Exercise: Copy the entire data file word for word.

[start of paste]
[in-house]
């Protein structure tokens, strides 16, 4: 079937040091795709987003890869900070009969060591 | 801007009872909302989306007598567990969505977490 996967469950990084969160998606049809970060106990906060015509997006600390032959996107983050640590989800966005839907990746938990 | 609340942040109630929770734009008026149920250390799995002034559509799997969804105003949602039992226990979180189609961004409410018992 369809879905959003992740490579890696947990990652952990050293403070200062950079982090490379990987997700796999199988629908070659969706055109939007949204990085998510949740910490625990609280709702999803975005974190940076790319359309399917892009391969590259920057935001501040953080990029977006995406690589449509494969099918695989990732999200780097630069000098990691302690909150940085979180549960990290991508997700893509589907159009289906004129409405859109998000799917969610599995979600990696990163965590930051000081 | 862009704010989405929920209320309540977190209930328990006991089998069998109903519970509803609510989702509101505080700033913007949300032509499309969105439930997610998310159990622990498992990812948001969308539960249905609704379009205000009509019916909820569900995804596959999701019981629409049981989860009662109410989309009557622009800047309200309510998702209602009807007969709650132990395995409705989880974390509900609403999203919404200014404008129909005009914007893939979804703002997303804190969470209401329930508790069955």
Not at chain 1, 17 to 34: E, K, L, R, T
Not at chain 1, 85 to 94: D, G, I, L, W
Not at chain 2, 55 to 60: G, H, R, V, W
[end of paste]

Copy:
[in-house]
């Protein structure tokens, strides 16, 4: 079937040091795709987003890869900070009969060591 | 801007009872909302989306007598567990969505977490 996967469950990084969160998606049809970060106990906060015509997006600390032959996107983050640590989800966005839907990746938990 | 609340942040109630929770734009008026149920250390799995002034559509799997969804105003949602039992226990979180189609961004409410018992 369809879905959003992740490579890696947990990652952990050293403070200062950079982090490379990987997700796999199988629908070659969706055109939007949204990085998510949740910490625990609280709702999803975005974190940076790319359309399917892009391969590259920057935001501040953080990029977006995406690589449509494969099918695989990732999200780097630069000098990691302690909150940085979180549960990290991508997700893509589907159009289906004129409405859109998000799917969610599995979600990696990163965590930051000081 | 862009704010989405929920209320309540977190209930328990006991089998069998109903519970509803609510989702509101505080700033913007949300032509499309969105439930997610998310159990622990498992990812948001969308539960249905609704379009205000009509019916909820569900995804596959999701019981629409049981989860009662109410989309009557622009800047309200309510998702209602009807007969709650132990395995409705989880974390509900609403999203919404200014404008129909005009914007893939979804703002997303804190969470209401329930508790069955």
Not at chain 1, 17 to 34: E, K, L, R, T
Not at chain 1, 85 to 94: D, G, I, L, W
Not at chain 2, 55 to 60: G, H, R, V, W